Each storage server offers shared network access to some storage it can control directly. In this example, BSS 640 includes disk storage devices, tape storage device, and shared storage devices. Storage node 641 is coupled to a disk storage device 651. Storage node 642 is coupled to tape storage device 652. Storage node 643 is coupled to disk storage device 653 and tape storage device 654. Storage nodes 644 and 645 are coupled to disk storage device 655 and 656, respectively, and shared tape library storage device 665 (e.g. tape drives 666 a and 666 b). An operational process of file data migration between different locations within the BSS layer is described at a high-level. The operational process is often represented by a flowchart. The flowchart is presented herein for illustrative purposes only, and is not limiting. In practice, those skilled in the relevant art(s) will appreciate, based on the teachings contained herein, that the invention can be achieved via a number of methods. Furthermore, the flow of control represented by the flowchart is also provided for illustrative purposes only, and it will be appreciated by persons skilled in the relevant art(s) that other operational control flows are within the scope and spirit of the invention.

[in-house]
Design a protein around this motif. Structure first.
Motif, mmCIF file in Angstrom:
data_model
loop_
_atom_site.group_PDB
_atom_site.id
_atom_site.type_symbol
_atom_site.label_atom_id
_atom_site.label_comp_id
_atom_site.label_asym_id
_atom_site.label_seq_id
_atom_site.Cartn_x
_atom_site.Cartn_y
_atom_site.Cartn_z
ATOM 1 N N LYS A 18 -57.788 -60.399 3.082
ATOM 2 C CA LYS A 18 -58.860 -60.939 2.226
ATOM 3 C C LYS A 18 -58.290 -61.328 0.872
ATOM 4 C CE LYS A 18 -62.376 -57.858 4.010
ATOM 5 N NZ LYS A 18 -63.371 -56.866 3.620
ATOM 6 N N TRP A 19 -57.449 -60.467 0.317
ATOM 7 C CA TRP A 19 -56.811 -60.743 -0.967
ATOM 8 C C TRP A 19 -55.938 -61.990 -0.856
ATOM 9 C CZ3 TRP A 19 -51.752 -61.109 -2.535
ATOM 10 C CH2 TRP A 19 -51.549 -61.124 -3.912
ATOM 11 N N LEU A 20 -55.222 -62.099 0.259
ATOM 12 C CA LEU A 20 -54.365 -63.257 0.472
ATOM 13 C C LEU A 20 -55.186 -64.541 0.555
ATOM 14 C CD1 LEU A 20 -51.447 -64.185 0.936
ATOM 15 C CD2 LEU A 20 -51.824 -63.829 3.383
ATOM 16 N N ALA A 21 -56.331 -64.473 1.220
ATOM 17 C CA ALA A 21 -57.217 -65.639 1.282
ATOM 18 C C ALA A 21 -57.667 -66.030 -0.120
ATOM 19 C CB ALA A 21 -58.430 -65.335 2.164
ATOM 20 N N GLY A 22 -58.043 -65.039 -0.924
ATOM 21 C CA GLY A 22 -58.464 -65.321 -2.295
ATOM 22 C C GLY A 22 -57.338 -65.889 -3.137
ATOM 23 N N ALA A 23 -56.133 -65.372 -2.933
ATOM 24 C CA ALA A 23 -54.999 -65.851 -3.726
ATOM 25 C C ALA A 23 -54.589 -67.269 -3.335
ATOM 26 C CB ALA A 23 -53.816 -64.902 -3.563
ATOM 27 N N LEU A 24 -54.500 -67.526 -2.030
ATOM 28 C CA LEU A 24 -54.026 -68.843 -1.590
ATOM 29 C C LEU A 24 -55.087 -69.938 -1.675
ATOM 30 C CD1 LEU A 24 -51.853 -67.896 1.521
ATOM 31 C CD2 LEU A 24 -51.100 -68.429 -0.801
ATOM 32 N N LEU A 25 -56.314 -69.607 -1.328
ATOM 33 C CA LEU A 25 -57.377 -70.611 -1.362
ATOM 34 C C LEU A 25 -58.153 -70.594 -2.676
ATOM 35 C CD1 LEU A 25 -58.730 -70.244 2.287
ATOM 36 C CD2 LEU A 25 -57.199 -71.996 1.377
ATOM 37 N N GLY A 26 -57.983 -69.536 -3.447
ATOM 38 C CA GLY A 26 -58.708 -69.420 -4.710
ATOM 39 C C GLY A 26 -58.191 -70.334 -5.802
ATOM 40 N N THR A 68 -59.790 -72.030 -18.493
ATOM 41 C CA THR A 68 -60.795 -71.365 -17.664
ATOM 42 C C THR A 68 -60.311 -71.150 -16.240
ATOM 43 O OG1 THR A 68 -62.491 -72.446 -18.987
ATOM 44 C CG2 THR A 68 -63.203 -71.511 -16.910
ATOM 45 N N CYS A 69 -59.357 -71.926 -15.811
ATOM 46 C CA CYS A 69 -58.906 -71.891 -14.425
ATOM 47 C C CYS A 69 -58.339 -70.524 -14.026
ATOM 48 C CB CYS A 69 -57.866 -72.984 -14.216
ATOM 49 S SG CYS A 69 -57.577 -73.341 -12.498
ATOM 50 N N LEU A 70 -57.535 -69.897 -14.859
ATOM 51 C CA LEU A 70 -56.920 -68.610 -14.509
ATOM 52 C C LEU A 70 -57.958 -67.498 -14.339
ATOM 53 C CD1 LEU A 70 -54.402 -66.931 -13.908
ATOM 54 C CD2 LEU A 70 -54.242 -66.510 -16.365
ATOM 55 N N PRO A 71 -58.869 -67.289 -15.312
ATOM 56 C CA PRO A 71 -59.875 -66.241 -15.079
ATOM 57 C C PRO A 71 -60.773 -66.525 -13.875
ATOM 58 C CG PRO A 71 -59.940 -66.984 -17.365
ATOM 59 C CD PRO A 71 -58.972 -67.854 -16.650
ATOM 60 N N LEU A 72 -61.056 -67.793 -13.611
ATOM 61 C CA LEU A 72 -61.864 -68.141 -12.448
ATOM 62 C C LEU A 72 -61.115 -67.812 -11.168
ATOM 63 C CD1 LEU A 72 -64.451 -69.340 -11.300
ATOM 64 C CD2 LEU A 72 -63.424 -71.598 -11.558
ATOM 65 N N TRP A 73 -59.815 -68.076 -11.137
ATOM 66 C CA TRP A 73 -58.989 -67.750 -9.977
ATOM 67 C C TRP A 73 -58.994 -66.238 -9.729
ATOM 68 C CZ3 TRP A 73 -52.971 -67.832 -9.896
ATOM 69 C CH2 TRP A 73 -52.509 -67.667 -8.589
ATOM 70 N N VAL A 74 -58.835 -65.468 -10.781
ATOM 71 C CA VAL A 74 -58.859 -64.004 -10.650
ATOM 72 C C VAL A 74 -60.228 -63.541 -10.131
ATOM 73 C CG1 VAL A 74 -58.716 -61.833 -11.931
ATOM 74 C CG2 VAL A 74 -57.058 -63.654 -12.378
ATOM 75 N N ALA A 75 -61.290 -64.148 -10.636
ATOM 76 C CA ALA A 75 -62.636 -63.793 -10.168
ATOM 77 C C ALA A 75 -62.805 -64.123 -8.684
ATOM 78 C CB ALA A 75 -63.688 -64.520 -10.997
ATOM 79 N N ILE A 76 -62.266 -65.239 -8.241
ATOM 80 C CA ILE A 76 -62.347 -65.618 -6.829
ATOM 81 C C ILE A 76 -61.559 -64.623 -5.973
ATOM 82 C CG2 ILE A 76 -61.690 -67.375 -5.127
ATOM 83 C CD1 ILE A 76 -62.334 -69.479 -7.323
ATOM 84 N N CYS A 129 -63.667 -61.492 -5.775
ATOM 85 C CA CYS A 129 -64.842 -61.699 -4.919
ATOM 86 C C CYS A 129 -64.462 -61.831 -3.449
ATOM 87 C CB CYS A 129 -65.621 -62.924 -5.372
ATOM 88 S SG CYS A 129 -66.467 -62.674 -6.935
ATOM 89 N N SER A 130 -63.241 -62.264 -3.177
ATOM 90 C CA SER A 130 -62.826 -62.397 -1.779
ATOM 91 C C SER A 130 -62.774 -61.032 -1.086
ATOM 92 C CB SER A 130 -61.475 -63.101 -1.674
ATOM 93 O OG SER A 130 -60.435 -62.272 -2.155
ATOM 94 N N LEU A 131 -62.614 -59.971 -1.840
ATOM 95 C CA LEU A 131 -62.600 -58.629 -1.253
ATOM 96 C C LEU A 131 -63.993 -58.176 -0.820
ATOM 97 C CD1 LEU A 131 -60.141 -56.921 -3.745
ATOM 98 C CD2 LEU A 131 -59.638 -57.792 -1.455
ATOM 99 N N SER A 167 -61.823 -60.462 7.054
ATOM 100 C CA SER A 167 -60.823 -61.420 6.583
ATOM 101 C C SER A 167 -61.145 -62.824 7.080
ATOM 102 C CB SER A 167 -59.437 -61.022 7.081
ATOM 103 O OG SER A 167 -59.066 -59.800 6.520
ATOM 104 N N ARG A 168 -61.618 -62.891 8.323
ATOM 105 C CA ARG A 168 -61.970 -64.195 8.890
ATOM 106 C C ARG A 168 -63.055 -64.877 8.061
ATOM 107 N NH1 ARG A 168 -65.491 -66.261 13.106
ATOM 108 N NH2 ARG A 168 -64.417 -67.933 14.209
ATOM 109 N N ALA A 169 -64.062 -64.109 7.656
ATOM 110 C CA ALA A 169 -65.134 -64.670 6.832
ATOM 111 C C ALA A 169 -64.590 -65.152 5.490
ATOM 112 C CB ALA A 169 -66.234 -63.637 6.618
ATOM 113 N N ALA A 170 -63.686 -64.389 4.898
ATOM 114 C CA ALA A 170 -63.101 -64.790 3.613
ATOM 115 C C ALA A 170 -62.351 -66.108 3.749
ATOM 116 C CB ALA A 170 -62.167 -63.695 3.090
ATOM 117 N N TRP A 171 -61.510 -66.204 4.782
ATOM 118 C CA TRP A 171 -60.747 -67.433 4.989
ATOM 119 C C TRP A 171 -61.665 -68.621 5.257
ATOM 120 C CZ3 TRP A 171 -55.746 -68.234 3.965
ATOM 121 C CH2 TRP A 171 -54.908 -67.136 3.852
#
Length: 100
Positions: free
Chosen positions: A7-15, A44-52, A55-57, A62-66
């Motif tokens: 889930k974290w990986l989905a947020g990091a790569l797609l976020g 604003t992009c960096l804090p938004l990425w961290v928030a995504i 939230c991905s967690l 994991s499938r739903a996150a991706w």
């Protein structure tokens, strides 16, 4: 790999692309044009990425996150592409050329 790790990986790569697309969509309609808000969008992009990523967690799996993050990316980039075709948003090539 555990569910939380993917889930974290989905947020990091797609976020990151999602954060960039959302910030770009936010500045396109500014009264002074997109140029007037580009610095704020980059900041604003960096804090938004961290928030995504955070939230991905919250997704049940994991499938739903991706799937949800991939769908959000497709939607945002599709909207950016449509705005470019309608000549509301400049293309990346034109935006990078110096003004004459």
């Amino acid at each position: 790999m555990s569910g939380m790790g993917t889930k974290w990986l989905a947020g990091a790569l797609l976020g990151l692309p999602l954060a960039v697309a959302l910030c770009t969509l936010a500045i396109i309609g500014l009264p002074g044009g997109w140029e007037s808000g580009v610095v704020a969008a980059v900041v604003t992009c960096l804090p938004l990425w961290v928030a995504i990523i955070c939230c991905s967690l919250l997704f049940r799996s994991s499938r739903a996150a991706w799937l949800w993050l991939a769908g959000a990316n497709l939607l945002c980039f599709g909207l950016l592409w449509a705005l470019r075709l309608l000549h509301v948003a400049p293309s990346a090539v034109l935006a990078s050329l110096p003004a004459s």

FIG. 8 is a flowchart of a routine for data migration 600 according to an embodiment of the present invention (steps 810-840). In step 810, a file is copied to a target destination. For example, data 1 can be copied from storage device 653 to tertiary storage 654. This copy operation can be performed as part of hierarchical storage management where, for example, it may be desirable to move data accessed less frequently to less expensive storage media such as tape storage. This copy operation can be initiated manually or automatically through BSS Manager 670 for any reason.
 In step 820, metadata entries corresponding to the migrated data are updated to reflect the new locations of the file data determined in step 810. For example, the BSL entries in the data structures shown in FIG. 6 are updated to reflect the new locations for each filename corresponding to the files that have been moved.
 In step 830, data at old locations can be optionally removed. Once data is copied to another location, the MDS can maintain entries that point to both the data at the old location and data at the new location by mirrors for example. However, the data from the old location can be deleted for any reason. Removal of old data is done transparently to the user.